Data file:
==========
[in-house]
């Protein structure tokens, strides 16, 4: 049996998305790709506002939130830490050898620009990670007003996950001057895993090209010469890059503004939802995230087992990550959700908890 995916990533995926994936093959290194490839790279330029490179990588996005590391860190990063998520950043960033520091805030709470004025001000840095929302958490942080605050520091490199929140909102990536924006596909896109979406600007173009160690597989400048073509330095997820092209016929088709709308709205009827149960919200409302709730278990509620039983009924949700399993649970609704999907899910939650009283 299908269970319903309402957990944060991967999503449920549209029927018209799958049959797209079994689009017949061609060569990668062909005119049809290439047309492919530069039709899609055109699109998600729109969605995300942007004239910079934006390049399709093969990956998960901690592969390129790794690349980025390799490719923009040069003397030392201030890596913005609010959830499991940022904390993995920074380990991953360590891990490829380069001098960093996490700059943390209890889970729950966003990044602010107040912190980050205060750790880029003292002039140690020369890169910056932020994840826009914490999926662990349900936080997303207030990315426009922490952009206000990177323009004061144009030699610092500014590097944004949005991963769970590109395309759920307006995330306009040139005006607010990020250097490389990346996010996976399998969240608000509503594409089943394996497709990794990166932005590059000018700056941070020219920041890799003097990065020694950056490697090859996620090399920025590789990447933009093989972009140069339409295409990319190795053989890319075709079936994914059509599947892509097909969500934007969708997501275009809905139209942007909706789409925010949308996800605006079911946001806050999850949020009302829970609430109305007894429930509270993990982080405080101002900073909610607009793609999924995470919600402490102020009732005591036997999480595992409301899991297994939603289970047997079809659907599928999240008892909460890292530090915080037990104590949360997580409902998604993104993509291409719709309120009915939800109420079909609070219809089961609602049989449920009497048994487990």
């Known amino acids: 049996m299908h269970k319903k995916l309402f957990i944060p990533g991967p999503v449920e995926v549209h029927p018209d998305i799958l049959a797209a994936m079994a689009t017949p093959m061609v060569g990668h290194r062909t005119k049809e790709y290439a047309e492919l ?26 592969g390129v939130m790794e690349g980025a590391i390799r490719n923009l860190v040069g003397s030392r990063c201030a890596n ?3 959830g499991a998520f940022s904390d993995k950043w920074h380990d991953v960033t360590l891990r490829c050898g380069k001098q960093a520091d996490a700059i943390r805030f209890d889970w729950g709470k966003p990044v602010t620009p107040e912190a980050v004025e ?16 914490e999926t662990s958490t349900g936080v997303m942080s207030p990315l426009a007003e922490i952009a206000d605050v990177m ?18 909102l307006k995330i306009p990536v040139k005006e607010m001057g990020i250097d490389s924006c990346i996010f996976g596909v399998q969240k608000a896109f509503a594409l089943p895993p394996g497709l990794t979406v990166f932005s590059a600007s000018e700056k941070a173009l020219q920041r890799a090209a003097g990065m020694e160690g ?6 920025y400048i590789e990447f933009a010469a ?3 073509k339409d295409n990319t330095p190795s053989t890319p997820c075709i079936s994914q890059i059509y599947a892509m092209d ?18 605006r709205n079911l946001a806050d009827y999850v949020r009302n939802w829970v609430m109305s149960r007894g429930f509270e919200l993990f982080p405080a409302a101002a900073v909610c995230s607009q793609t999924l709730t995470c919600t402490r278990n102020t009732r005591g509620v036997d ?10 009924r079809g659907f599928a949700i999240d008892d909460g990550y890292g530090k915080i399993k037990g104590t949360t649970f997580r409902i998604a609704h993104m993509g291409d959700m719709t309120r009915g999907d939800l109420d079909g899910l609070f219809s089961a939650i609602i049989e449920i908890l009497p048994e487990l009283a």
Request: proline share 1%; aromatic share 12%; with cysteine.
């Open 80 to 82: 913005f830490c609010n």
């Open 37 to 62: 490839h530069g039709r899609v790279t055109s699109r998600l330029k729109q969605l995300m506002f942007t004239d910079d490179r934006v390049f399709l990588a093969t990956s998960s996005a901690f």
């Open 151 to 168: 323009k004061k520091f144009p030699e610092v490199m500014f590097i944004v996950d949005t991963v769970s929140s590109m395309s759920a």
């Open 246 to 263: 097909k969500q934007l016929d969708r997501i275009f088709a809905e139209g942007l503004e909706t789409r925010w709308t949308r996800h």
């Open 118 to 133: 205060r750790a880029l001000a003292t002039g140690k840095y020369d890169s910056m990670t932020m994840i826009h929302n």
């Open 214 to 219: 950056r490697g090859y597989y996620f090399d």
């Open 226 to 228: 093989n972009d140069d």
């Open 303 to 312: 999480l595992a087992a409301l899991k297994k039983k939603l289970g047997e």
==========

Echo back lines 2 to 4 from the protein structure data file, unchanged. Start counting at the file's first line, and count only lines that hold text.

């Protein structure tokens, strides 16, 4: 049996998305790709506002939130830490050898620009990670007003996950001057895993090209010469890059503004939802995230087992990550959700908890 995916990533995926994936093959290194490839790279330029490179990588996005590391860190990063998520950043960033520091805030709470004025001000840095929302958490942080605050520091490199929140909102990536924006596909896109979406600007173009160690597989400048073509330095997820092209016929088709709308709205009827149960919200409302709730278990509620039983009924949700399993649970609704999907899910939650009283 299908269970319903309402957990944060991967999503449920549209029927018209799958049959797209079994689009017949061609060569990668062909005119049809290439047309492919530069039709899609055109699109998600729109969605995300942007004239910079934006390049399709093969990956998960901690592969390129790794690349980025390799490719923009040069003397030392201030890596913005609010959830499991940022904390993995920074380990991953360590891990490829380069001098960093996490700059943390209890889970729950966003990044602010107040912190980050205060750790880029003292002039140690020369890169910056932020994840826009914490999926662990349900936080997303207030990315426009922490952009206000990177323009004061144009030699610092500014590097944004949005991963769970590109395309759920307006995330306009040139005006607010990020250097490389990346996010996976399998969240608000509503594409089943394996497709990794990166932005590059000018700056941070020219920041890799003097990065020694950056490697090859996620090399920025590789990447933009093989972009140069339409295409990319190795053989890319075709079936994914059509599947892509097909969500934007969708997501275009809905139209942007909706789409925010949308996800605006079911946001806050999850949020009302829970609430109305007894429930509270993990982080405080101002900073909610607009793609999924995470919600402490102020009732005591036997999480595992409301899991297994939603289970047997079809659907599928999240008892909460890292530090915080037990104590949360997580409902998604993104993509291409719709309120009915939800109420079909609070219809089961609602049989449920009497048994487990």
């Known amino acids: 049996m299908h269970k319903k995916l309402f957990i944060p990533g991967p999503v449920e995926v549209h029927p018209d998305i799958l049959a797209a994936m079994a689009t017949p093959m061609v060569g990668h290194r062909t005119k049809e790709y290439a047309e492919l ?26 592969g390129v939130m790794e690349g980025a590391i390799r490719n923009l860190v040069g003397s030392r990063c201030a890596n ?3 959830g499991a998520f940022s904390d993995k950043w920074h380990d991953v960033t360590l891990r490829c050898g380069k001098q960093a520091d996490a700059i943390r805030f209890d889970w729950g709470k966003p990044v602010t620009p107040e912190a980050v004025e ?16 914490e999926t662990s958490t349900g936080v997303m942080s207030p990315l426009a007003e922490i952009a206000d605050v990177m ?18 909102l307006k995330i306009p990536v040139k005006e607010m001057g990020i250097d490389s924006c990346i996010f996976g596909v399998q969240k608000a896109f509503a594409l089943p895993p394996g497709l990794t979406v990166f932005s590059a600007s000018e700056k941070a173009l020219q920041r890799a090209a003097g990065m020694e160690g ?6 920025y400048i590789e990447f933009a010469a ?3 073509k339409d295409n990319t330095p190795s053989t890319p997820c075709i079936s994914q890059i059509y599947a892509m092209d ?18 605006r709205n079911l946001a806050d009827y999850v949020r009302n939802w829970v609430m109305s149960r007894g429930f509270e919200l993990f982080p405080a409302a101002a900073v909610c995230s607009q793609t999924l709730t995470c919600t402490r278990n102020t009732r005591g509620v036997d ?10 009924r079809g659907f599928a949700i999240d008892d909460g990550y890292g530090k915080i399993k037990g104590t949360t649970f997580r409902i998604a609704h993104m993509g291409d959700m719709t309120r009915g999907d939800l109420d079909g899910l609070f219809s089961a939650i609602i049989e449920i908890l009497p048994e487990l009283a």
Request: proline share 1%; aromatic share 12%; with cysteine.